Immediate reactions to demonetisation of Rs 500, Rs 1000 notes


On the eve of the US elections, Prime Minister Narendra Modi announced a reform during a televised address to the nation that caused panic among the people. He announced that notes of Rs 500 and Rs 1,000 would be scrapped and become illegal after midnight of November 8.

The decision to demonetise these denominations comes as part of a larger move to capture black money and fake currency, and curb corruption.

He had also said that ATMs and banks would be shut for a day to get things in order, and that only hospitals, transport operators and petrol stations would accept notes of Rs 500 and Rs 1,000 until November 11.

For the rest, the only option was to wait until Friday to withdraw newly designed notes of Rs 500 and Rs 2,000 from ATMs (with a daily cap of Rs 2,000), or to use their cards.

Modi added that old notes of Rs 500 and Rs 1,000 will retain the same value, and can be exchanged at banks for new notes until December 30.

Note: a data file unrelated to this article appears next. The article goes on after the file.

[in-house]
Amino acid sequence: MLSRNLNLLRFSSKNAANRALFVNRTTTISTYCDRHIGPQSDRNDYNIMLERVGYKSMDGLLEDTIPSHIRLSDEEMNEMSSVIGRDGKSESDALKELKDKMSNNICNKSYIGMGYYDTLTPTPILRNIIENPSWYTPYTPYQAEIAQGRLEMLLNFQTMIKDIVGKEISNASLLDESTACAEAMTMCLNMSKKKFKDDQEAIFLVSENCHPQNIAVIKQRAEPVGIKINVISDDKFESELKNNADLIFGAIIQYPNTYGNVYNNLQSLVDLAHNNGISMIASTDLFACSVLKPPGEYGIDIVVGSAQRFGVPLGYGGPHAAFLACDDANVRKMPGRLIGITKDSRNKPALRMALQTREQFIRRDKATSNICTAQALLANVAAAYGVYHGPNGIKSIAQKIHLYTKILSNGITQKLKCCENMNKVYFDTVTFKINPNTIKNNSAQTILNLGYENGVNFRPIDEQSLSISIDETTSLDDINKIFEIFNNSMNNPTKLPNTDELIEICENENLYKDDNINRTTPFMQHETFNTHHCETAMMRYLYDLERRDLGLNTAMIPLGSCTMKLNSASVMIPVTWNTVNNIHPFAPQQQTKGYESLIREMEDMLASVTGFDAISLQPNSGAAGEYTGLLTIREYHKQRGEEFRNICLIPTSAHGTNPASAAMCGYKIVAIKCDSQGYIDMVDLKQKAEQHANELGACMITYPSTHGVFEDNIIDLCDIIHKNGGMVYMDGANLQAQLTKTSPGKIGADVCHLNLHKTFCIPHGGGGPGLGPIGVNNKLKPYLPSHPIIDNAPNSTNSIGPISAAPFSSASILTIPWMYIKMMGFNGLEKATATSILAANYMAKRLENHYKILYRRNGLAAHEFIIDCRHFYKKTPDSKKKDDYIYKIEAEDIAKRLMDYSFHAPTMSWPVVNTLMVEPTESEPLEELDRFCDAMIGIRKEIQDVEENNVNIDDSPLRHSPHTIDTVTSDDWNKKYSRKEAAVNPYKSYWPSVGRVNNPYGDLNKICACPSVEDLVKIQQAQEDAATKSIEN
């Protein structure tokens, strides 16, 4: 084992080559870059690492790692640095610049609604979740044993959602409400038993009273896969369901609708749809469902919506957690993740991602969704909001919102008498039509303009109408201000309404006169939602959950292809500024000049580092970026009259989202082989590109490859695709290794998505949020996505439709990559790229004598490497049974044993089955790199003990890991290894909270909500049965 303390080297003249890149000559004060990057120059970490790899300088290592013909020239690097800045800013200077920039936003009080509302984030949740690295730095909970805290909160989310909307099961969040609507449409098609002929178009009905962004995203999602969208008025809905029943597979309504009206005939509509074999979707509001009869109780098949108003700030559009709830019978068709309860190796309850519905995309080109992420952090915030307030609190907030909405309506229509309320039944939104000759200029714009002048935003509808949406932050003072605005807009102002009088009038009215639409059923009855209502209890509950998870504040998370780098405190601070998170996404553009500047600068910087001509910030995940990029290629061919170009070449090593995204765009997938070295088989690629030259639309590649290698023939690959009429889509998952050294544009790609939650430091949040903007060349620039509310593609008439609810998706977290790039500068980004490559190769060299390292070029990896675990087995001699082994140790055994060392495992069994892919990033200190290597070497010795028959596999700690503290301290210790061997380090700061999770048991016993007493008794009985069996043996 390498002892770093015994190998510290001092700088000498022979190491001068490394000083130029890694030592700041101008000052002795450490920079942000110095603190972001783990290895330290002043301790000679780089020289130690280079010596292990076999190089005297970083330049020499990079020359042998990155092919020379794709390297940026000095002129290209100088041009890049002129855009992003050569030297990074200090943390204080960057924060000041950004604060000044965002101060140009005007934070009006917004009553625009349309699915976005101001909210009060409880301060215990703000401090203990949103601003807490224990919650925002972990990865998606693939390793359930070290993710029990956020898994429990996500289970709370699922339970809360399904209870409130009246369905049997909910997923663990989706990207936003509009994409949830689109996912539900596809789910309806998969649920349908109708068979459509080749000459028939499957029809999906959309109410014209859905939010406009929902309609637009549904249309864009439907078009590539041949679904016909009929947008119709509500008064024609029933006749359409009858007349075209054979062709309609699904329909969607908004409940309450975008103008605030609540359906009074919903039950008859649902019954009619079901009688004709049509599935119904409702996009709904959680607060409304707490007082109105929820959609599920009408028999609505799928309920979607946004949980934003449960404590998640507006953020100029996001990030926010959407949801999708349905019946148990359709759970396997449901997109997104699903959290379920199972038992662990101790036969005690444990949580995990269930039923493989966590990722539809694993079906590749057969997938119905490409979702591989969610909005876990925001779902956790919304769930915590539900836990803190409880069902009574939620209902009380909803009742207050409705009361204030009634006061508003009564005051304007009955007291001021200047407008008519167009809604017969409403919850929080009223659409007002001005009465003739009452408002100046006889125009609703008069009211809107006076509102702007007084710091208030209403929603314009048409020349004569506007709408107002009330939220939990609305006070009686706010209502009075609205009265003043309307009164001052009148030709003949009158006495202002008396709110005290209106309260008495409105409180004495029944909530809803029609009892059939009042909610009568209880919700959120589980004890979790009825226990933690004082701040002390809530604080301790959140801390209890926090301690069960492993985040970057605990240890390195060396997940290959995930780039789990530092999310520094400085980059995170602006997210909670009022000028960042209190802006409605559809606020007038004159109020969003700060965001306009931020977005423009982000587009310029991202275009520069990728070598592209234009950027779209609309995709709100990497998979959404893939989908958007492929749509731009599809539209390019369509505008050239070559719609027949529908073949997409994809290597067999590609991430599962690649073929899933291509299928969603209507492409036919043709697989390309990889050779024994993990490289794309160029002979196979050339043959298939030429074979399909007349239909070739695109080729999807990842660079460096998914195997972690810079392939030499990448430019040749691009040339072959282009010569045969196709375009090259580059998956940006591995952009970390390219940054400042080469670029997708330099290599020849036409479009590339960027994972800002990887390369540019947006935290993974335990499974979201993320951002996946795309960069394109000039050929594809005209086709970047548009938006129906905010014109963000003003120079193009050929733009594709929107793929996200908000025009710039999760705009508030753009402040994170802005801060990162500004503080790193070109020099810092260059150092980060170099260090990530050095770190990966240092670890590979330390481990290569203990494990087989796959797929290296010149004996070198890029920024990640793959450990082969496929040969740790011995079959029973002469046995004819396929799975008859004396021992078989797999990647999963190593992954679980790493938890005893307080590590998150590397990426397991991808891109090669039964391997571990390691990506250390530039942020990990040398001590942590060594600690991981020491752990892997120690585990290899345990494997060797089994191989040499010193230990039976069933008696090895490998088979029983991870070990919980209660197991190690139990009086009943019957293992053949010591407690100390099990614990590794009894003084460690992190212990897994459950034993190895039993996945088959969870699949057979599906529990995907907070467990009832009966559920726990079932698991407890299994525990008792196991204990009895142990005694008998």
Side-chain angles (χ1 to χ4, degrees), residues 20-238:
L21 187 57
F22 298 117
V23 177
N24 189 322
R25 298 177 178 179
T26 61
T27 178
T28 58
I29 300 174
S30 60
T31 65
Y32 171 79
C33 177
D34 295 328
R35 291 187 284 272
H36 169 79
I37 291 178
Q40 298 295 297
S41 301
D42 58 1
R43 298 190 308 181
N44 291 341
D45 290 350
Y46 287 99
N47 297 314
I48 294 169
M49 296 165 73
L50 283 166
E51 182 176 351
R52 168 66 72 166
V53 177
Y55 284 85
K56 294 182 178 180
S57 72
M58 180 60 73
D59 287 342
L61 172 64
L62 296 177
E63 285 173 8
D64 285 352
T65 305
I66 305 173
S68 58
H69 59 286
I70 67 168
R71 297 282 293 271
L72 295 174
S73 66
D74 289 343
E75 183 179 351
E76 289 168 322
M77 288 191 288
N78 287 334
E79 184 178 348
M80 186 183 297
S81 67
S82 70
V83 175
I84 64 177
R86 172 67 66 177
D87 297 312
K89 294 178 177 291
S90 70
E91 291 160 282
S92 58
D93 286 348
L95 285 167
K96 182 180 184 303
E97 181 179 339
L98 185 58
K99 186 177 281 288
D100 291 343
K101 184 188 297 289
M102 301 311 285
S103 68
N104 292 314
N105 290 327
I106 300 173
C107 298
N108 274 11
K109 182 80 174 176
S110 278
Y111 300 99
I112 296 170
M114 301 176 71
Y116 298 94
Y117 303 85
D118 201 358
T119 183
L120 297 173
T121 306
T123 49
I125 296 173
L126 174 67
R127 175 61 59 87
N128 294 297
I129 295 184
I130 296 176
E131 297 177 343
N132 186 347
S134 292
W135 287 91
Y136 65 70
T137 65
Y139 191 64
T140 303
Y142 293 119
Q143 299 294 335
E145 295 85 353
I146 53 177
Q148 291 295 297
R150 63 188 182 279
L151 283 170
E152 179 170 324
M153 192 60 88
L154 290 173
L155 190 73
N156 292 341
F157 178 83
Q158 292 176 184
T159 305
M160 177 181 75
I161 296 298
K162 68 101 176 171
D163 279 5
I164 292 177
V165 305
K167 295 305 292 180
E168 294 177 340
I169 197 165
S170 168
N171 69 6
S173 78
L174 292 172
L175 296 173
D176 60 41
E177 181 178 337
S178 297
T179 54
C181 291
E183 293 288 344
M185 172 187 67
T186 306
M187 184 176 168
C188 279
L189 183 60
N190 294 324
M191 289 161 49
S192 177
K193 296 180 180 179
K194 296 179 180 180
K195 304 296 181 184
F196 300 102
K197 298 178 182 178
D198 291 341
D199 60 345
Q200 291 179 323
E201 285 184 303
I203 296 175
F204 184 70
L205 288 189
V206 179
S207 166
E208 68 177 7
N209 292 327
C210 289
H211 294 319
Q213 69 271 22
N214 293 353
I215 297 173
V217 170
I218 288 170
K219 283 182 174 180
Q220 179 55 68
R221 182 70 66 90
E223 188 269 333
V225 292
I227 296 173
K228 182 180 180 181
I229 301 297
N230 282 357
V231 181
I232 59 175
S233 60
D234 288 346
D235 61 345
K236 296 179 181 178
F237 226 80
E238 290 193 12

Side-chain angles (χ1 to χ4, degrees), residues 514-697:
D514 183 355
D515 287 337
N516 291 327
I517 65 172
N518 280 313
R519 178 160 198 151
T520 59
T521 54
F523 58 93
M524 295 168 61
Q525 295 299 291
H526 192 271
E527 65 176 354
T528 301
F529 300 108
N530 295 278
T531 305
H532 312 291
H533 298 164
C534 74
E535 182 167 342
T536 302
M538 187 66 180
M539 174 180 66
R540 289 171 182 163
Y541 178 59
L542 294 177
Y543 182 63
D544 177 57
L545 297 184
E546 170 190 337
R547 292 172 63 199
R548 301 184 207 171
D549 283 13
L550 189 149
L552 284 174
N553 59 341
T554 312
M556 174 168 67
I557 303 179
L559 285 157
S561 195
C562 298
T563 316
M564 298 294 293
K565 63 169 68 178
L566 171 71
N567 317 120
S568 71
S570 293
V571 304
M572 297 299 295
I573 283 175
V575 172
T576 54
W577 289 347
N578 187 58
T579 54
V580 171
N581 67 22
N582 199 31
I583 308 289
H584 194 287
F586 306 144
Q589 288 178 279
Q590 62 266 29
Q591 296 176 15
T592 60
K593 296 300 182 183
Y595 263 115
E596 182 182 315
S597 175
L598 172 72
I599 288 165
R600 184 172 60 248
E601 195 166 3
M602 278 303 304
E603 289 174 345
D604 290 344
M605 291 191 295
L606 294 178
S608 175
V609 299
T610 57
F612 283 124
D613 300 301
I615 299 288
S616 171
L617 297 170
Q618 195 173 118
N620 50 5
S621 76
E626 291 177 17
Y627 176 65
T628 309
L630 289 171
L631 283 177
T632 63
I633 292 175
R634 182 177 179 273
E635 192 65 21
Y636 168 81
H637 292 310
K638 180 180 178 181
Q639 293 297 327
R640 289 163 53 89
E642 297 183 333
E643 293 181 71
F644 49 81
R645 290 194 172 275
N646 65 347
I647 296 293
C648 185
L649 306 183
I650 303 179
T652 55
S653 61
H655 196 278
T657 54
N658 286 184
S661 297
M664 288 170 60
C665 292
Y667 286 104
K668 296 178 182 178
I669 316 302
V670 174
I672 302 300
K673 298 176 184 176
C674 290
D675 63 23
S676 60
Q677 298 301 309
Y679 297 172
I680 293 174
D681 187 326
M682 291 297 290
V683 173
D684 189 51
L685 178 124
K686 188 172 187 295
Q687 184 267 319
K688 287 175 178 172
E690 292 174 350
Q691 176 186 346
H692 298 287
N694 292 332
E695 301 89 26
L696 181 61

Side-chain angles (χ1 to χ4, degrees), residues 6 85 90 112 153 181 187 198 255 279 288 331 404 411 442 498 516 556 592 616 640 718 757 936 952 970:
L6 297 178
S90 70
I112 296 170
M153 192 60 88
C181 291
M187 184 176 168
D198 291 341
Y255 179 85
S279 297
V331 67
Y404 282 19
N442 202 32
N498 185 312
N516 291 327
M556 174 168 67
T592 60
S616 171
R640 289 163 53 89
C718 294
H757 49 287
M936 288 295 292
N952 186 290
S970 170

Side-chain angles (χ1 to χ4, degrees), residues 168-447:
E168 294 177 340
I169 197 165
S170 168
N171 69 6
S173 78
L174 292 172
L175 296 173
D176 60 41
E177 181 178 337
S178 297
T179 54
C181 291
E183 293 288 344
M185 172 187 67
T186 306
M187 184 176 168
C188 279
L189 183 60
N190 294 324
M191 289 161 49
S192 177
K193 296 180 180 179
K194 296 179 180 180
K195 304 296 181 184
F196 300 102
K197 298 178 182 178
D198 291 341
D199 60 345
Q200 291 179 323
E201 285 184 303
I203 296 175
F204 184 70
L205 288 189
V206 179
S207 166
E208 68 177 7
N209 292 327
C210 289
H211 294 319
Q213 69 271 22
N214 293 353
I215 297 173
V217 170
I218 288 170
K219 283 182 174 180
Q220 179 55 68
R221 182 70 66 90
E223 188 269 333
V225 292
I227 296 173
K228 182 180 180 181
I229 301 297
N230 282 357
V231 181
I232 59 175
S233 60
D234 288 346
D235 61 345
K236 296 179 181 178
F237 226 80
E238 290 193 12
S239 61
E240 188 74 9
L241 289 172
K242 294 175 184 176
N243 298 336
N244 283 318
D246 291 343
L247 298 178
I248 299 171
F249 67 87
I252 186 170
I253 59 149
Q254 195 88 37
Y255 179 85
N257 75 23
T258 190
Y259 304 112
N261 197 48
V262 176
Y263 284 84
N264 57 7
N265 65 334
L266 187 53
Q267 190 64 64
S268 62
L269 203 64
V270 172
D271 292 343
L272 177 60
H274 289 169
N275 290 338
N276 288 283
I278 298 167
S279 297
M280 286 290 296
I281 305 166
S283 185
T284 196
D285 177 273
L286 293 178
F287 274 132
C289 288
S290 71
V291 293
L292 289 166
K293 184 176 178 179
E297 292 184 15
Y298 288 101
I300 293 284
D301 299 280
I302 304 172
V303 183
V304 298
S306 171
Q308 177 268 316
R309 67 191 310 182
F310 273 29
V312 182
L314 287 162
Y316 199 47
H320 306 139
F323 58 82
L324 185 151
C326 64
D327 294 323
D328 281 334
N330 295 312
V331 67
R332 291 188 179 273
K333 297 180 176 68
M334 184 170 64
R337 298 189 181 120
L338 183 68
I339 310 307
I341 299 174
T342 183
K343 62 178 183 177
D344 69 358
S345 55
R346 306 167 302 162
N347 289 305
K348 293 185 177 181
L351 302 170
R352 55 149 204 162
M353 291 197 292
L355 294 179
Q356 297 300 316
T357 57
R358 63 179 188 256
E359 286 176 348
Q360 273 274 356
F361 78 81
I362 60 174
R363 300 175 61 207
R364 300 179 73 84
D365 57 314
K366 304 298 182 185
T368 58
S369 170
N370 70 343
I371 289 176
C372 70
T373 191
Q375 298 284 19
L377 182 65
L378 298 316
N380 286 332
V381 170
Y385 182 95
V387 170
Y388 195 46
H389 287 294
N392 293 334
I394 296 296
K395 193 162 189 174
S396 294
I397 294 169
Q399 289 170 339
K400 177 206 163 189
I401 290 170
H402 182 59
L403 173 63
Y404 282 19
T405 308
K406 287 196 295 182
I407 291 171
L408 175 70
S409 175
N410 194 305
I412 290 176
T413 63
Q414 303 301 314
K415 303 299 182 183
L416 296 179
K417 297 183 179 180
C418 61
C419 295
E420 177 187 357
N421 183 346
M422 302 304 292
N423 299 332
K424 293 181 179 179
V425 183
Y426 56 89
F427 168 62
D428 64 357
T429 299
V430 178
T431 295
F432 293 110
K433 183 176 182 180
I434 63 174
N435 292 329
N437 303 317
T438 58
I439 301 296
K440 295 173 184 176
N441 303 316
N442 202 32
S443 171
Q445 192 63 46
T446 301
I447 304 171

Chaos at ATMs, petrol stations

The immediate reaction to the announcement was inevitable: chaos. Long queues were formed outside ATMs at night, as citizens hurried to withdraw Rs 4000 in denominations of 100 multiple times.

The situation played out across India, including Delhi, Lucknow, Mumbai, Bhopal and others. Soon, ATMs ran dry, leaving people stranded.

Meanwhile, vehicles clogged up petrol stations, until petrol pump attendants allegedly stopped accepting notes of Rs 500 and Rs 1,000. Some reports say that petrol pumps were shut on Wednesday.

Toll gates also experienced heavy traffic on Wednesday.


Brands make the most of the situation
While people worried about how they were going to get through the next few days, some brands were opportunistic. Online food delivery app Box8 immediately sent out a push notification message saying that this was the last chance to order using Rs 500 or Rs 1,000 notes.

Ola, Zomato, Paytm, Freecharge and MobiKwik also joined the bandwagon, and reminded their customers and the public that they were open to online payments.

On the other hand, people began purchasing more gold to get rid of their old notes. According to reports, jewellers sold gold at Rs 40,000 to Rs 60,000 per 10gm, and marking these transactions as back-dated entries in their accounts.

The news of scrapping denominations, along with Donald Trump's nomination as the next president-elect, caused a steep fall in the Indian stock market the following day. 

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